The Heinous Crime Behind Watergate
Exclusive: The mainstream media’s big takeaway from Richard Nixon’s Watergate resignation is that “the cover-up is always worse than the crime.” But that’s because few understand the crime behind Watergate, Nixon’s frantic search for a file on his 1968 subversion of Vietnam peace talks, reports Robert Parry.
By Robert Parry/ConsortiumNews/ August 9, 2014
To fully understand the Watergate scandal, which led to President Richard Nixon’s resignation 40 years ago, you have to know the back story starting in 1968 when candidate Nixon took part in a secret maneuver to scuttle the Vietnam peace talks and salvage a narrow victory over Vice President Hubert Humphrey.
In essence, what Nixon and his campaign team did was to contact South Vietnamese leaders behind President Lyndon Johnson’s back and promise them a better deal if they stayed away from Johnson’s Paris peace talks, which President Nguyen van Thieu agreed to do. So, with Johnson’s peace talks stymied and with Nixon suggesting that he had a secret plan to end the war, Nixon edged out Humphrey.
After his election, Nixon learned from FBI Director J. Edgar Hoover that President Johnson had amassed a detailed file on what Johnson called Nixon’s “treason,” but Nixon couldn’t locate the file once he took office and ordered an intensive search for the material that explained why the Paris peace talks had failed. But the material stayed missing.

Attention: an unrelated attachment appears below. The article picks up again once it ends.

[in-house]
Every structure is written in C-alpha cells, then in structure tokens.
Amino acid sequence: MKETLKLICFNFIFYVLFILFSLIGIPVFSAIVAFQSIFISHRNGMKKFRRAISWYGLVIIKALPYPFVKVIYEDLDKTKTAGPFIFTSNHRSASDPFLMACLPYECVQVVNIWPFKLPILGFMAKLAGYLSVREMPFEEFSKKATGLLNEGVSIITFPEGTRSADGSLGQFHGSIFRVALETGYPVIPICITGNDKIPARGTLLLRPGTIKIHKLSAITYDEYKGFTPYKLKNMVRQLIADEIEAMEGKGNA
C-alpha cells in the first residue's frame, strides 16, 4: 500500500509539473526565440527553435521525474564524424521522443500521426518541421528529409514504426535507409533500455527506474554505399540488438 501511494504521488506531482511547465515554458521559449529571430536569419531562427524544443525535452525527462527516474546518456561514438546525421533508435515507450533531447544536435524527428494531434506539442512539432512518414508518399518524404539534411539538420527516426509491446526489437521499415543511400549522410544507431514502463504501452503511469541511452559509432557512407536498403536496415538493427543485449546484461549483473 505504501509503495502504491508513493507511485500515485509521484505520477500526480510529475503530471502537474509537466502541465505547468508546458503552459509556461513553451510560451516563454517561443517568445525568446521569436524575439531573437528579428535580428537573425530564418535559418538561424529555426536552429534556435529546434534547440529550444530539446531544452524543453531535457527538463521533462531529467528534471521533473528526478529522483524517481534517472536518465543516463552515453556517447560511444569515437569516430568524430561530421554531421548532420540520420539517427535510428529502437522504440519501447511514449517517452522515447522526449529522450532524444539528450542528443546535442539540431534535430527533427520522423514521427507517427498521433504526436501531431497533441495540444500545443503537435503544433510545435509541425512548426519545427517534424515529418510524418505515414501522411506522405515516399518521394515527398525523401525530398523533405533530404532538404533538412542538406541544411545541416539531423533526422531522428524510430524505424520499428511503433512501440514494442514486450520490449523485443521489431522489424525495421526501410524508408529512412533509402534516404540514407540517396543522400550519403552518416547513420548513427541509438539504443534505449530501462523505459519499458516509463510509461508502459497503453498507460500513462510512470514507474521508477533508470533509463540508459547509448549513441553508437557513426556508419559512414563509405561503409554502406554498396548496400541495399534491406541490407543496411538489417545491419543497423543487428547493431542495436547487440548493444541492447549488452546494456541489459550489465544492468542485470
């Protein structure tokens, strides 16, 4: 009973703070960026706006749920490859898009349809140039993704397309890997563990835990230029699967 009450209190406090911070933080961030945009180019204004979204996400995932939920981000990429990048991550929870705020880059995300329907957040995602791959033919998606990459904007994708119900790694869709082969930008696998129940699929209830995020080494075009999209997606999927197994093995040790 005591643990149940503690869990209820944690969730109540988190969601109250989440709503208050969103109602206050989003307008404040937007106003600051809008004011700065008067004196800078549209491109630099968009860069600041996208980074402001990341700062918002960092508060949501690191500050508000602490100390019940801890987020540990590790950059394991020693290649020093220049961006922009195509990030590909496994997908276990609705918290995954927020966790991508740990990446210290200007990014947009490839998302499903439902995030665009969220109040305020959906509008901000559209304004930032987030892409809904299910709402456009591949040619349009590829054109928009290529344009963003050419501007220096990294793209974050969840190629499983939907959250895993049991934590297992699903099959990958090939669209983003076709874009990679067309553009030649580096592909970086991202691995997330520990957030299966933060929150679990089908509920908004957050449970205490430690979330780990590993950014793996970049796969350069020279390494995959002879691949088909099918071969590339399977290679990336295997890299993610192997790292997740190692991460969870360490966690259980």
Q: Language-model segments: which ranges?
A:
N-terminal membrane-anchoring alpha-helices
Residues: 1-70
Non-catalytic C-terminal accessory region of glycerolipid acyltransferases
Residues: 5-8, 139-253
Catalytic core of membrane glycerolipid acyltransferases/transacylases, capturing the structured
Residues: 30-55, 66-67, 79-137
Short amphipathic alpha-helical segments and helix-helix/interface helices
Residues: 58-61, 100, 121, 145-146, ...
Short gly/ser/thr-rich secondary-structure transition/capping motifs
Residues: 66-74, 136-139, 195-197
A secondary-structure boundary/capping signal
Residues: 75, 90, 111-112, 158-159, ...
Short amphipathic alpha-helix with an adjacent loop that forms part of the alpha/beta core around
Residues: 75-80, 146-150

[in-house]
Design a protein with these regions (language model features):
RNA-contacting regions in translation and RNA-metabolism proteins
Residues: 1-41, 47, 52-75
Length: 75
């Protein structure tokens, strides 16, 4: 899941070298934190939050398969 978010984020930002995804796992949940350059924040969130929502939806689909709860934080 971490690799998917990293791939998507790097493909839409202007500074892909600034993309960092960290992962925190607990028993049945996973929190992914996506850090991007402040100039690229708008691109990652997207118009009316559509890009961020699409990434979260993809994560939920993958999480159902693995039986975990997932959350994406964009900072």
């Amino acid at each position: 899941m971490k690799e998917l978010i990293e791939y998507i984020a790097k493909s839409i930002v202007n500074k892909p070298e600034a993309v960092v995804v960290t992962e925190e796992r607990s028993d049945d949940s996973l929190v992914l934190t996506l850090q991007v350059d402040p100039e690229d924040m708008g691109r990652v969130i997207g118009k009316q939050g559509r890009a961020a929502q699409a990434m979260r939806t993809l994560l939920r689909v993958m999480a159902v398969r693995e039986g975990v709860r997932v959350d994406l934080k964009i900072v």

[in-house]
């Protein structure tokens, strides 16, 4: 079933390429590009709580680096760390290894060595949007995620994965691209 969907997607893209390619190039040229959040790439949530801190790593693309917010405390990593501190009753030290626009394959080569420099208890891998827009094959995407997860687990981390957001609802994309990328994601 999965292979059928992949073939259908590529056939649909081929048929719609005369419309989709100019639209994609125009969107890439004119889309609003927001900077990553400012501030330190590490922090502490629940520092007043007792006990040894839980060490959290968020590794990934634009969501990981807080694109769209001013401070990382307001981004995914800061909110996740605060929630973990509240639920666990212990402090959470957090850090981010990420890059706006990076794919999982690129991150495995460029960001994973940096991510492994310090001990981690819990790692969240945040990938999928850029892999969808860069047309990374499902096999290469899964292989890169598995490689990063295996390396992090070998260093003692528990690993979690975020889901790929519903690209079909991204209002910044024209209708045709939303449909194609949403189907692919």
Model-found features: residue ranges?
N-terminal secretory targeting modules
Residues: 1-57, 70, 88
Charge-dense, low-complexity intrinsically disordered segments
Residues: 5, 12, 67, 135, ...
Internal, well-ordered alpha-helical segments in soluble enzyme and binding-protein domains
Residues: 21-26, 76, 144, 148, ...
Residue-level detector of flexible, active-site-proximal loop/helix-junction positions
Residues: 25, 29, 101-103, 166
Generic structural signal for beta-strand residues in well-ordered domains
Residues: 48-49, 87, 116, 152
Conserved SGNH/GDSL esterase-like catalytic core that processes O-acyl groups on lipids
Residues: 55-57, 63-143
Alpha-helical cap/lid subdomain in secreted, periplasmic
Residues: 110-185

Nixon’s worries grew more acute in mid-June 1971 when the New York Times and other major U.S. newspapers began publishing the Pentagon Papers leaked by former Defense Department official Daniel Ellsberg. Though the Pentagon Papers – covering the years 1945 through 1967 – exposed mostly Democratic deceptions, Nixon knew something that few others did, that there was a potential sequel that could be even more explosive than the original.
By mid-1971, an increasingly angry and radical anti-war movement was challenging Nixon’s continuation of the conflict. In early May, a series of demonstrations had sought to shut down Washington. Some 12,000 protesters were arrested, many confined at RFK Stadium in a scene suggesting national disorder.
In June, the Pentagon Papers further fueled the anti-war fury by revealing many of the lies that had led the nation into the bloody Vietnam quagmire. So, Nixon recognized the political danger if someone revealed how Nixon’s pre-election maneuvers in 1968 had prevented President Johnson from bringing the war to an end. Nixon became desperate to get his hands on the missing report (or file) about the failed peace talks.
In a series of tape-recorded meetings beginning on June 17, 1971, Nixon ordered a break-in (or even a fire-bombing) at the Brookings Institution where some Nixon insiders believed the missing material might be hidden in the safe.
“I want it implemented,” Nixon fumed to his senior aides, Henry Kissinger and H.R. “Bob” Haldeman. “Goddamnit, get in and get those files. Blow the safe and get it.”